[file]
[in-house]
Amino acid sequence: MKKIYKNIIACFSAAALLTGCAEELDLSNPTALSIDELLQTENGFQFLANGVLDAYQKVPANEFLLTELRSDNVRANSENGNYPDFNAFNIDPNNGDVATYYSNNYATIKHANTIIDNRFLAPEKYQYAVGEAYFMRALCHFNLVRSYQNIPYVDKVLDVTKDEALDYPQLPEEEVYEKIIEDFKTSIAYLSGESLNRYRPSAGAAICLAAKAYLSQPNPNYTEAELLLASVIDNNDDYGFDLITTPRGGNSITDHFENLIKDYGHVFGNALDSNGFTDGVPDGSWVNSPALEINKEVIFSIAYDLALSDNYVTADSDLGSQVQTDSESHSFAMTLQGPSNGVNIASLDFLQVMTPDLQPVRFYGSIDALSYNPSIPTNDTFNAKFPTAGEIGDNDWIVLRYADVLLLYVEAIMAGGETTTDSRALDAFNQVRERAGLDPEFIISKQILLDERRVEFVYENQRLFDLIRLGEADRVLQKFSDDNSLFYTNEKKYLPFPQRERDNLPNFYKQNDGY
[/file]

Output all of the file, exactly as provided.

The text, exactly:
[in-house]
Amino acid sequence: MKKIYKNIIACFSAAALLTGCAEELDLSNPTALSIDELLQTENGFQFLANGVLDAYQKVPANEFLLTELRSDNVRANSENGNYPDFNAFNIDPNNGDVATYYSNNYATIKHANTIIDNRFLAPEKYQYAVGEAYFMRALCHFNLVRSYQNIPYVDKVLDVTKDEALDYPQLPEEEVYEKIIEDFKTSIAYLSGESLNRYRPSAGAAICLAAKAYLSQPNPNYTEAELLLASVIDNNDDYGFDLITTPRGGNSITDHFENLIKDYGHVFGNALDSNGFTDGVPDGSWVNSPALEINKEVIFSIAYDLALSDNYVTADSDLGSQVQTDSESHSFAMTLQGPSNGVNIASLDFLQVMTPDLQPVRFYGSIDALSYNPSIPTNDTFNAKFPTAGEIGDNDWIVLRYADVLLLYVEAIMAGGETTTDSRALDAFNQVRERAGLDPEFIISKQILLDERRVEFVYENQRLFDLIRLGEADRVLQKFSDDNSLFYTNEKKYLPFPQRERDNLPNFYKQNDGY